Vladimir Stojanovic, PhD of University of California, Berkeley
Topic: Distinguished Lecture - Designing Future VLSI Systems with Integrated Silicon-Photonics”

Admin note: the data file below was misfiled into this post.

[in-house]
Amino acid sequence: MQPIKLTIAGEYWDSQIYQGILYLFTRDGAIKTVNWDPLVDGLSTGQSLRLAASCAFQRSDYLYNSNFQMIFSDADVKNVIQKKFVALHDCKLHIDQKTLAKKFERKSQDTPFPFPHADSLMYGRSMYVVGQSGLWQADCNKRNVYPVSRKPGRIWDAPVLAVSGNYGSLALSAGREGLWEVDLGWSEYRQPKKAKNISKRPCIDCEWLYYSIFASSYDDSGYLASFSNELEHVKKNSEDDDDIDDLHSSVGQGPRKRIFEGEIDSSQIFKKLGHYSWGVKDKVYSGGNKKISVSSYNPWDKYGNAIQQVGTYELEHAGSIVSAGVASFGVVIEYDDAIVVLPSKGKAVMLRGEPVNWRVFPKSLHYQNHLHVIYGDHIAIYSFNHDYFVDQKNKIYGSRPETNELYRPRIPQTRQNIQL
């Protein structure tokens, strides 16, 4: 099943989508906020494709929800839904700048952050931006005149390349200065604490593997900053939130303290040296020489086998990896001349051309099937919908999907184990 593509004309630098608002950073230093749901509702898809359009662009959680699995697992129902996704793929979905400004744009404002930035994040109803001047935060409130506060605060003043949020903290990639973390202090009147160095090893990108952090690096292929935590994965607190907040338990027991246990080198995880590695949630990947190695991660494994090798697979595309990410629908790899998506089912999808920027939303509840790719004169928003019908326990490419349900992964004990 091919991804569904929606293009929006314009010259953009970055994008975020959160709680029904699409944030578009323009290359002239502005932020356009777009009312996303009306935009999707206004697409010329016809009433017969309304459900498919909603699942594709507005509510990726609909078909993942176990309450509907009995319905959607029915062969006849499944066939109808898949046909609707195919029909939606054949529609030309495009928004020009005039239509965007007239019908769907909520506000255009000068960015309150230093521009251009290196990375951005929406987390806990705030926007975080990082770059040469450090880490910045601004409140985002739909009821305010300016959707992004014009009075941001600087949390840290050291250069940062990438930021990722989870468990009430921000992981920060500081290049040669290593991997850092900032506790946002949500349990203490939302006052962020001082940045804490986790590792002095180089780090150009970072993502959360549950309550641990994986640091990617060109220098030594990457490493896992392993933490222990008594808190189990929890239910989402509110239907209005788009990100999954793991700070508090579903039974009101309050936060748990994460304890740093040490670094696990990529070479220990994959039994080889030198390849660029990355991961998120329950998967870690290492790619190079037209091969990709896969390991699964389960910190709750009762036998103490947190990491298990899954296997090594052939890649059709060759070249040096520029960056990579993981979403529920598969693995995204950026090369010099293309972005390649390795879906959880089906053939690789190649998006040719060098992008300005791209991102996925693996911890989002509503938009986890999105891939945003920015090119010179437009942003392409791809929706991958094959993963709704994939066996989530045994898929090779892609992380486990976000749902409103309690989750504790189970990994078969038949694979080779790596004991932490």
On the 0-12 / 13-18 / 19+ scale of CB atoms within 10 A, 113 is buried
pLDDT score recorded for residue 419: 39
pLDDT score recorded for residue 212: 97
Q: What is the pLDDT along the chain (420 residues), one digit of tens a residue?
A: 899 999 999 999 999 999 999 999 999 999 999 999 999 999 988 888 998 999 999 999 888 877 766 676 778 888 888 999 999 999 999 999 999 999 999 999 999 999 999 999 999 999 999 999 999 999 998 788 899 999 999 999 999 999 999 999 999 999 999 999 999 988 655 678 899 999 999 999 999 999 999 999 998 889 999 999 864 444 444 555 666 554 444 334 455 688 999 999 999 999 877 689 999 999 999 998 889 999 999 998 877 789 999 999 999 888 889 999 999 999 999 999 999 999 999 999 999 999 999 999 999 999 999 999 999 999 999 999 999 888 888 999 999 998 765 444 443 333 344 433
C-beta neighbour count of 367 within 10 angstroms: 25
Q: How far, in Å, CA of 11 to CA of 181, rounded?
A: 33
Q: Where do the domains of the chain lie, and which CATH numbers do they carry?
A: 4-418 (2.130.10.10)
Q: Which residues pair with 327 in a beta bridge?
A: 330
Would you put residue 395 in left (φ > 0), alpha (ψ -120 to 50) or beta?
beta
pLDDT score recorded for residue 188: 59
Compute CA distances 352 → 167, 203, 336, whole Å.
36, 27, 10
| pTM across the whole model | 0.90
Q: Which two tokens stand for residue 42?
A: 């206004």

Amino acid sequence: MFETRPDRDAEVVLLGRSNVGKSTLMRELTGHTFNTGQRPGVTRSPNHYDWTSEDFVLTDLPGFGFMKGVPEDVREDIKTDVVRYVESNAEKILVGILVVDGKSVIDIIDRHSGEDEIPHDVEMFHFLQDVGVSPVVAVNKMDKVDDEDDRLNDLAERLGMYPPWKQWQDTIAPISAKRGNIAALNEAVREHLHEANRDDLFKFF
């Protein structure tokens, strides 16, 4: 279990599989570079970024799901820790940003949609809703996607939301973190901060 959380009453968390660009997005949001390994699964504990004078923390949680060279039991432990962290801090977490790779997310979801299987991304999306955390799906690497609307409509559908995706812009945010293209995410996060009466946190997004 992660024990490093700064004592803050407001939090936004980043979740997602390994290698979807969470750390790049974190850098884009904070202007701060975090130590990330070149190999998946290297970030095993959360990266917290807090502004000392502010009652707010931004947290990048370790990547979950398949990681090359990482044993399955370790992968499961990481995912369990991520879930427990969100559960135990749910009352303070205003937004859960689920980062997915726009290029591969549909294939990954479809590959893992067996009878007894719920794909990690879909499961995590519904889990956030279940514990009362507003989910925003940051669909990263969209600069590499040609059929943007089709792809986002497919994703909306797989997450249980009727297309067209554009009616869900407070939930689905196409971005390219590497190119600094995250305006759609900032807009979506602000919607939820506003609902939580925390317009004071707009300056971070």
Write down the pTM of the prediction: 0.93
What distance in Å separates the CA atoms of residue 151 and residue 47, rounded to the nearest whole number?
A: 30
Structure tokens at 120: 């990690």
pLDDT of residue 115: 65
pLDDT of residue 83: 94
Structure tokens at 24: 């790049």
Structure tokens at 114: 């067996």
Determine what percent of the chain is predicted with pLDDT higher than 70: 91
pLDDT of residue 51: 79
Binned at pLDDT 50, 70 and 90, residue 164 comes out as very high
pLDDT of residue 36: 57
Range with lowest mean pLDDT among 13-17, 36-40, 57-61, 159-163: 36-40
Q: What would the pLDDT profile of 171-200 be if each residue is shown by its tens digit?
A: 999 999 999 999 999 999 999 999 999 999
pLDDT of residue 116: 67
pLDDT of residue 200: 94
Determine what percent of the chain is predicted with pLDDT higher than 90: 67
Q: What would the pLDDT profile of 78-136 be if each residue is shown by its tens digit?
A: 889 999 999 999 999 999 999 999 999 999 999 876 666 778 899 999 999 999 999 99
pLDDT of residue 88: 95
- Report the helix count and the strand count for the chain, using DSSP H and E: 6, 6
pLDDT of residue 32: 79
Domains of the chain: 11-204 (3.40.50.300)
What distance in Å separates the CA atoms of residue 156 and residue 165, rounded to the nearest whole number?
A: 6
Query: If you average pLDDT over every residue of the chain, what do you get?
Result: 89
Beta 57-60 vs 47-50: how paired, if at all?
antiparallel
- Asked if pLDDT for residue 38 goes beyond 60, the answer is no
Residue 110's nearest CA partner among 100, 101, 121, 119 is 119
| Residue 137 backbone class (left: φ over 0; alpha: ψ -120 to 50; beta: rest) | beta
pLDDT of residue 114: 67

Chip design is radically changing. This period of change is a very exciting time in integrated circuit and system design. On one hand, cross-layer design approaches need to be invented to improve system performance despite CMOS scaling slowdown. On the other, a variety of emerging devices are lined-up to extend or potentially surpass the capabilities of CMOS technology, but require key innovations at the integration, circuits and system levels. This lecture describes how monolithic integration of photonic links can revolutionize the VLSI chip design, dramatically improving its performance and energy-efficiency. Limited scaling of both on-chip and off-chip interconnects, coupled with CMOS scaling slowdown have led to energy-efficiency and bandwidth density constraints that are emerging fast as the major performance bottlenecks in embedded and high-performance digital systems. While optical interconnects have shown promise in extensive architectural studies to date, significant challenges need to be overcome both in device and circuit design as well as the integration strategy. We illustrate how our cross-layer approach guides the system design by connecting process, device and circuit optimizations to system-level metrics, exposing the inherent trade-offs and design sensitivities. Our experimental platforms demonstrate the technology potential at the system level and provide feedback to modeling and device design. In particular, we’ll describe the recent breakthroughs in monolithic photonic memory interface platform with fastest and most energy-efficient modulators demonstrated in a 45nm process node. Based on these design principles and technology demonstrations, we project that in the next decade tailored hybrid (electrical/optical) integrated systems will provide orders of magnitude performance improvements at the system level and revolutionize the way we build future VLSI systems. Moreover, just like integrating the inductor into CMOS at the end of 1990s revolutionized the RF design and enabled mobile revolution, integration of silicon-photonic active and passive devices with CMOS is greatly positioned to revolutionize a number of analog and mixed-signal applications – low-phase noise signal sources and large bandwidth, high-resolution ADCs, to name a few.